Jim is determined not to abandon the Afghans, but ironically, he has all but abandoned his new wife back home by accepting a prolonged assignment in Pakistan. Fellow spies Simon and Dmitri have made similar sacrifices with their own families.

Jim returns to the States, where he arranges an appearance before an appropriations committee by Abdullah, whose speech (scripted by the CIA) impresses an influential U.S. senator, who moves through legislation securing funding and missiles for the cause.

Back in Pakistan, with the tide of war turning, Jim seeks to buy back the Stingers but learns Abdullah has sold the missiles to Iran and allied himself with Islamist extremists. Abdullah’s action is prompted, in part, by his grief over the loss of Saeed, killed in battle, who turns out to be the old man’s only son. How is it possible that the relationship remained a secret from Jim in the decade the men have known each other? “You never asked,” Abdullah says evenly.

The play ends with Abdullah prophetically warning that the Mujahadeen will defeat the Soviets, then “cross oceans” to spread Islamism.

“Blood and Gifts” is a complex and compelling drama with flashes of biting humor. Unless you were an international news junkie in the 1980s, you will benefit by reading the chronology and background notes contained in the printed program. You will be rewarded with a riveting tale, the repercussions of which continue to shape world events.

According to the play’s director Lucie Tiberghien, “We’re trying to present a story from the point of view of all the people involved — the American, the Russian, the Brit, the characters from Pakistan and Afghanistan. The ultimate goal is to show that there was no right or wrong, no good or bad people. To show how complicated the situation was and is still today.”

Set designer Kris Stone has placed the action in front of, and on top of, an imposing concrete back wall made to evoke a bustling airport terminal, the desolate Afghan hinterland, a drab CIA office, a Congressional hearing room, or a tony political fundraiser through subtle illumination by lighting designer Matthew Richards. On the stage floor are a series of glass panels with desert landscapes beneath. At times they come across as true-to-scale dioramas; at other times more like aerial depictions of a war zone.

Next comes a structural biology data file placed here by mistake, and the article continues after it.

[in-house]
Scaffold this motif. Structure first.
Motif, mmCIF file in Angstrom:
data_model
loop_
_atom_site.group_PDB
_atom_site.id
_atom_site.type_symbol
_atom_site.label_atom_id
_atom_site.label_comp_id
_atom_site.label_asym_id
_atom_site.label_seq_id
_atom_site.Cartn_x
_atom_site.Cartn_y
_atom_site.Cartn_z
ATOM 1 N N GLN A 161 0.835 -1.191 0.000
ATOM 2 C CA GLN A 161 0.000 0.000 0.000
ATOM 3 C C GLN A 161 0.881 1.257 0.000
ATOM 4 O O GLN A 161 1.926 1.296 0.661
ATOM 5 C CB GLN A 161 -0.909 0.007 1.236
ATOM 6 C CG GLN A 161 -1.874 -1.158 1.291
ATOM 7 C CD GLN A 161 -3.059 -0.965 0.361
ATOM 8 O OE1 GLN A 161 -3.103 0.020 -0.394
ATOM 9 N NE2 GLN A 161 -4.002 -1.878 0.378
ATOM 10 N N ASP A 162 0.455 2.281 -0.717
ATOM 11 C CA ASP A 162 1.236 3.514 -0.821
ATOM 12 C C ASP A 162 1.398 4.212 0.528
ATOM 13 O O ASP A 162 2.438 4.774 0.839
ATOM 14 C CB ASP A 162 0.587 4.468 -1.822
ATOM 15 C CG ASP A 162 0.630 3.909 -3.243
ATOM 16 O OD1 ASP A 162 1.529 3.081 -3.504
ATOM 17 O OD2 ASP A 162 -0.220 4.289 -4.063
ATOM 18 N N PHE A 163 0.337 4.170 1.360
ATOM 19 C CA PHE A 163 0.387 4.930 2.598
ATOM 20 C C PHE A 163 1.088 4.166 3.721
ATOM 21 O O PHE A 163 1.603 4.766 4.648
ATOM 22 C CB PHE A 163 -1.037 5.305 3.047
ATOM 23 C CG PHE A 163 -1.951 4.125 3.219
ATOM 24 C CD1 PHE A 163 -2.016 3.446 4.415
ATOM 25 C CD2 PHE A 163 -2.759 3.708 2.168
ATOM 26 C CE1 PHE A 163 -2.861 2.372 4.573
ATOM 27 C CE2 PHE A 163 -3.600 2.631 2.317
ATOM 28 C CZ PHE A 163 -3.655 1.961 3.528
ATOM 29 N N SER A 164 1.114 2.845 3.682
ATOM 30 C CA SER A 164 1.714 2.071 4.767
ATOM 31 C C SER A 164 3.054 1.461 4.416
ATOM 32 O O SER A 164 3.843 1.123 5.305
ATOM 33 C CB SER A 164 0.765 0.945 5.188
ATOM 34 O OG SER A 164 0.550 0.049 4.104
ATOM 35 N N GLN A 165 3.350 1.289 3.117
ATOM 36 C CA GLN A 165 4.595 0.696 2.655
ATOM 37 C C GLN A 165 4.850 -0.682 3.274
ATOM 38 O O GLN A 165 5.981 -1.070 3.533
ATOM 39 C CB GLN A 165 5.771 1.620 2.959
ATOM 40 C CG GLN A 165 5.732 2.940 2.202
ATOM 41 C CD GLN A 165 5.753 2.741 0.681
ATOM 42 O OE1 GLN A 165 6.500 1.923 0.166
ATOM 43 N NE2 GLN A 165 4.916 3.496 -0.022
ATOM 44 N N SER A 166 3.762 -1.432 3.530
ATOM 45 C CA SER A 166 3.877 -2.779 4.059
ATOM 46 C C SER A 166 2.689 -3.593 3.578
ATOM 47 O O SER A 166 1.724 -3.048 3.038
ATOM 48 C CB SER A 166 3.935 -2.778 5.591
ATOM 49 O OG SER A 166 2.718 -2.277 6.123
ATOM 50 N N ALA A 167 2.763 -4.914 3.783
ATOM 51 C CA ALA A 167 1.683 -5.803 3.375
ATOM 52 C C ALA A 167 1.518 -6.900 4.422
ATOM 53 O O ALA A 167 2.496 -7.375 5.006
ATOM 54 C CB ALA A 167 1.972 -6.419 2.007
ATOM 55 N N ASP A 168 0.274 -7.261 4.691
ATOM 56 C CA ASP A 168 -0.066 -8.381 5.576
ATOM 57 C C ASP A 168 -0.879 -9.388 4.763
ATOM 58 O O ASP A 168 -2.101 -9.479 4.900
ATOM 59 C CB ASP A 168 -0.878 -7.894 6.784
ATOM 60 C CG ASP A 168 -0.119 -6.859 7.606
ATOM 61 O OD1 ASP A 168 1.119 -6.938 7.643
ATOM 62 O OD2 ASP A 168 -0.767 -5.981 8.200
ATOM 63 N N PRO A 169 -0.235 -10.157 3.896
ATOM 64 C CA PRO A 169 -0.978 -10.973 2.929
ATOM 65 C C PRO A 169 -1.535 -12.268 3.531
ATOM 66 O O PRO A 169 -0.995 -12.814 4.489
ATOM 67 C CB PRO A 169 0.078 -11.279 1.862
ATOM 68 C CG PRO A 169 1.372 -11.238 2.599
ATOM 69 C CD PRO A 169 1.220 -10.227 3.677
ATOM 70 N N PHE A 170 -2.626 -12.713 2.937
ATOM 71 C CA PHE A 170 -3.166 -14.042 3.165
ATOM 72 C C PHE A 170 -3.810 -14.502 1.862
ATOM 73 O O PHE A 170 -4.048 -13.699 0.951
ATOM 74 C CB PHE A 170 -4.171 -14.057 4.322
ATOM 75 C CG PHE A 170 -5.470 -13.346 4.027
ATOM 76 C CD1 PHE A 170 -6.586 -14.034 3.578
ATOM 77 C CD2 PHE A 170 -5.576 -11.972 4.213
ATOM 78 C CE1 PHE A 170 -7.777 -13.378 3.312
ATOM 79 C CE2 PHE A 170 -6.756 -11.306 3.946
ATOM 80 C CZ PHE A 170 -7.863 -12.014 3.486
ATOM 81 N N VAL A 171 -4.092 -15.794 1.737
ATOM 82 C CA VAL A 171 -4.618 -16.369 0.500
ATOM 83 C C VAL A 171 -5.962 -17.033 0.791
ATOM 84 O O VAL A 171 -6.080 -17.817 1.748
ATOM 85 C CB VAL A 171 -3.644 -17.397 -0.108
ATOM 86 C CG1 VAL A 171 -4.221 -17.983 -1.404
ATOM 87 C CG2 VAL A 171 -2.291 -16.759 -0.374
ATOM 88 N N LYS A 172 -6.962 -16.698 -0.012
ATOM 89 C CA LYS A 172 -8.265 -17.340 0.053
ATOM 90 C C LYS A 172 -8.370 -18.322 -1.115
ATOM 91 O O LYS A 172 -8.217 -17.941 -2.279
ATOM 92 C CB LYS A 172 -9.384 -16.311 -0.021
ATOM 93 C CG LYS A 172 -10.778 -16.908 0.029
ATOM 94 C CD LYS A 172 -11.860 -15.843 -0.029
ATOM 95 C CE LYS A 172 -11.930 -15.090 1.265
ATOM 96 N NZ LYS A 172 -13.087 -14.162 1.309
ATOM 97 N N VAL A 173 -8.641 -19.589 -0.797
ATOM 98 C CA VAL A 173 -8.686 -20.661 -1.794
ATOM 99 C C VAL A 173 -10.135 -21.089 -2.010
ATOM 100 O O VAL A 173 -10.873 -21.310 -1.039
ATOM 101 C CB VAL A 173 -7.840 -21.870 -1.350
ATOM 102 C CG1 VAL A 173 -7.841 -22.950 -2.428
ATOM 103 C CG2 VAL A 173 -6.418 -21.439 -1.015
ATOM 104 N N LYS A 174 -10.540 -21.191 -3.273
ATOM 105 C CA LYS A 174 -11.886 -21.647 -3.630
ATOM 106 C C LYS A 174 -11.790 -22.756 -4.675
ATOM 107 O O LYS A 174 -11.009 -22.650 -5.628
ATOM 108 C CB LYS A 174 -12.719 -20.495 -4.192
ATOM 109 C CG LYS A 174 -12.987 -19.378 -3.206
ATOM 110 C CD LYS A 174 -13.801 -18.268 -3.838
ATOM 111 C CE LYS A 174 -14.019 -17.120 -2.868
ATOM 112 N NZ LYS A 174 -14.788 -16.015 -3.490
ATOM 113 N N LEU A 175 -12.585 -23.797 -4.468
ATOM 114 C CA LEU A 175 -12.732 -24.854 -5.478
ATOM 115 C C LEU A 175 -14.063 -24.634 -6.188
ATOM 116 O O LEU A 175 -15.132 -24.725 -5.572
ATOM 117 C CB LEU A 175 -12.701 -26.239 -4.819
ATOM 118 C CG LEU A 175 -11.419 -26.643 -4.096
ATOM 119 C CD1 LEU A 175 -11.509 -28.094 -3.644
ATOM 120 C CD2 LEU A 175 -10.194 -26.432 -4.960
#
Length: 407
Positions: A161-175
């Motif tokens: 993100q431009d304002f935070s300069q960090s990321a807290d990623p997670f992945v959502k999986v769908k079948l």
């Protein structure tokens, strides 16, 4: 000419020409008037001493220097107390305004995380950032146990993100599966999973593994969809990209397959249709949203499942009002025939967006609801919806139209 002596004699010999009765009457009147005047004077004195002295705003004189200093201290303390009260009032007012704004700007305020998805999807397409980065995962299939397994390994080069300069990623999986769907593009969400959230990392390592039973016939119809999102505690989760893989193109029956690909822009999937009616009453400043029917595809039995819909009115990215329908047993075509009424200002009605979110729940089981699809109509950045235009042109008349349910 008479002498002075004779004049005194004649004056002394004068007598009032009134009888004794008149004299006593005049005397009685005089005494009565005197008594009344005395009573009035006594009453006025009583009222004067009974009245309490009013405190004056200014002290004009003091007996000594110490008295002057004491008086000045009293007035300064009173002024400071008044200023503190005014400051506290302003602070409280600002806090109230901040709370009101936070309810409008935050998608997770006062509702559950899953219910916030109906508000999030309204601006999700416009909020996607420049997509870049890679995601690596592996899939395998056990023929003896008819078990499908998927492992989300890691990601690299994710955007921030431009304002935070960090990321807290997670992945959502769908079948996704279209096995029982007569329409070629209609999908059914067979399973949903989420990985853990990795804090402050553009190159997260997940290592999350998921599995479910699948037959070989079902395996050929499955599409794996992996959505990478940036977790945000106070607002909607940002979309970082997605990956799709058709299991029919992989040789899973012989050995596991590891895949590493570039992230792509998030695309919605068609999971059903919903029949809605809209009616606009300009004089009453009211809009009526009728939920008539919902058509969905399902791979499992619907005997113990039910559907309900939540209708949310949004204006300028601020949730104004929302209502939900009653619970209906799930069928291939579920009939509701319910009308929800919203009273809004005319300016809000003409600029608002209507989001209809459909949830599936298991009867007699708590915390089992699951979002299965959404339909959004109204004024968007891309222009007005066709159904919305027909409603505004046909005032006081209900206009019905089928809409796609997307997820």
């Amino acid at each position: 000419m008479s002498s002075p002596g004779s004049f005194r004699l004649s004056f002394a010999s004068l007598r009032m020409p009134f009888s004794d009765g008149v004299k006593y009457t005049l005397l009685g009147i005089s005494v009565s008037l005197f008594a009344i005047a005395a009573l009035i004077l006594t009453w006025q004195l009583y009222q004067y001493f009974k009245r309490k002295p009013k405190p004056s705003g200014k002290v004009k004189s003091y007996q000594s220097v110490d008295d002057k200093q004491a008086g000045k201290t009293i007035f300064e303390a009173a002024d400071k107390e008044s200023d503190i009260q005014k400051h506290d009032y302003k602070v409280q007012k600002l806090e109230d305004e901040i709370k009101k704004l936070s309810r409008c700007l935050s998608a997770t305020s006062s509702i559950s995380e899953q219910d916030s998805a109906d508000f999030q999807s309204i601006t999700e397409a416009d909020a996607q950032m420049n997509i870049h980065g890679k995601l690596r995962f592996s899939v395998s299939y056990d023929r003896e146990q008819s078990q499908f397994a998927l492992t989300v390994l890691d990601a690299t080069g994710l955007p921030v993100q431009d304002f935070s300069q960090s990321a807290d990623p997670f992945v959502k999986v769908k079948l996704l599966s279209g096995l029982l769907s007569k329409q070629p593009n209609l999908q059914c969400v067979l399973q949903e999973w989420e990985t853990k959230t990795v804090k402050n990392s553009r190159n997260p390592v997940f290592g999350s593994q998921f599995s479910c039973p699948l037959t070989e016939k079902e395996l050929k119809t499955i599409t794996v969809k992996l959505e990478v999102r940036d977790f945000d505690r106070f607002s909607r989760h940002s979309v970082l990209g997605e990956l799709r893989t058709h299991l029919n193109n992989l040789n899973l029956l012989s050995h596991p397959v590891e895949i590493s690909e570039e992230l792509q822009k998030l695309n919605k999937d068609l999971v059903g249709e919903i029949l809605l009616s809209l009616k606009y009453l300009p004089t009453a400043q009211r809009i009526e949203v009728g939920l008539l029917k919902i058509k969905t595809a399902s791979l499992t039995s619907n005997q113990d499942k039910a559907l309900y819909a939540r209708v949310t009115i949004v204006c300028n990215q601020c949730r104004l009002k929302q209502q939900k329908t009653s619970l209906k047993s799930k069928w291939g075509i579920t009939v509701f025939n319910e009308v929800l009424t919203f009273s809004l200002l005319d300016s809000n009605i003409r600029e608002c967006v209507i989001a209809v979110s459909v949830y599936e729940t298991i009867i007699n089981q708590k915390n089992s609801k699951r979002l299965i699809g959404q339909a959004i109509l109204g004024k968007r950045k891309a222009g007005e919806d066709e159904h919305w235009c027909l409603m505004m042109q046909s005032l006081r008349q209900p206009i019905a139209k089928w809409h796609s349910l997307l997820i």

Shahrokh Yadegari’s sound and original score adds musical texture through the right mix of haunting tribal melodies and American pop tunes. Dusty, lived-in Afghan robes in desert scenes contrast with precise tailoring when the action moves to Washington, D.C. In keeping with the ever-present theme of war, a deft touch by costume designer Charlotte Devaux is the use of blood-red color in a female staffer’s suit, agents’ neckties, and a partygoer’s festive ball gown.

San Diego, CA
Lynne Friedmann, based in San Diego, is an award-winning, freelance writer of news, feature articles, and blogs on science, travel, and the arts. Her decades-long passion for theater was sparked as a teen when the Inner City Cultural Center commandeered classroom curricula by bringing classic plays to urban high schools in Los Angeles.